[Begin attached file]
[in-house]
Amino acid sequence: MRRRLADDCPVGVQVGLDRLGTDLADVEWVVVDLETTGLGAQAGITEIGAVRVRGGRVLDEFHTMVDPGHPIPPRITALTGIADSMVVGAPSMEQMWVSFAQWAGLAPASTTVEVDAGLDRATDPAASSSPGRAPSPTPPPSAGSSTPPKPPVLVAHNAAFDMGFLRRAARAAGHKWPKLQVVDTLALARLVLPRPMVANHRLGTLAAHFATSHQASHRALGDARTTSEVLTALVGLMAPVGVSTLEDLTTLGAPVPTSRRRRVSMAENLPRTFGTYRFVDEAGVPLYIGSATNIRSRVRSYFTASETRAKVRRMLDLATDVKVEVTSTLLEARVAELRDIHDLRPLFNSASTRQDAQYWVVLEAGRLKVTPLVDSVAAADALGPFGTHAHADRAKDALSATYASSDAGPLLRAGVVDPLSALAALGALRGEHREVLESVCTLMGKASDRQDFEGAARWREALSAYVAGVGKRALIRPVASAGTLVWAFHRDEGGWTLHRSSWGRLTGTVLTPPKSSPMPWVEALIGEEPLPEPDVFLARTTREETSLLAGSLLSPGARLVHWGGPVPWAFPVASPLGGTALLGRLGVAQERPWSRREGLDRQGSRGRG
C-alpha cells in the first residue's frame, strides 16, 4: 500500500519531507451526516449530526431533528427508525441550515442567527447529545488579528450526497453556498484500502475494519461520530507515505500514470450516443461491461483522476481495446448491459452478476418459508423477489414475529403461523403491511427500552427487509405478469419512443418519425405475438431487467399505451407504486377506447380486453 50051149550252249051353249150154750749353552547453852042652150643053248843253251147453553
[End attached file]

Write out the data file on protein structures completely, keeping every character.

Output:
[in-house]
Amino acid sequence: MRRRLADDCPVGVQVGLDRLGTDLADVEWVVVDLETTGLGAQAGITEIGAVRVRGGRVLDEFHTMVDPGHPIPPRITALTGIADSMVVGAPSMEQMWVSFAQWAGLAPASTTVEVDAGLDRATDPAASSSPGRAPSPTPPPSAGSSTPPKPPVLVAHNAAFDMGFLRRAARAAGHKWPKLQVVDTLALARLVLPRPMVANHRLGTLAAHFATSHQASHRALGDARTTSEVLTALVGLMAPVGVSTLEDLTTLGAPVPTSRRRRVSMAENLPRTFGTYRFVDEAGVPLYIGSATNIRSRVRSYFTASETRAKVRRMLDLATDVKVEVTSTLLEARVAELRDIHDLRPLFNSASTRQDAQYWVVLEAGRLKVTPLVDSVAAADALGPFGTHAHADRAKDALSATYASSDAGPLLRAGVVDPLSALAALGALRGEHREVLESVCTLMGKASDRQDFEGAARWREALSAYVAGVGKRALIRPVASAGTLVWAFHRDEGGWTLHRSSWGRLTGTVLTPPKSSPMPWVEALIGEEPLPEPDVFLARTTREETSLLAGSLLSPGARLVHWGGPVPWAFPVASPLGGTALLGRLGVAQERPWSRREGLDRQGSRGRG
C-alpha cells in the first residue's frame, strides 16, 4: 500500500519531507451526516449530526431533528427508525441550515442567527447529545488579528450526497453556498484500502475494519461520530507515505500514470450516443461491461483522476481495446448491459452478476418459508423477489414475529403461523403491511427500552427487509405478469419512443418519425405475438431487467399505451407504486377506447380486453 50051149550252249051353249150154750749353552547453852042652150643053248843253251147453553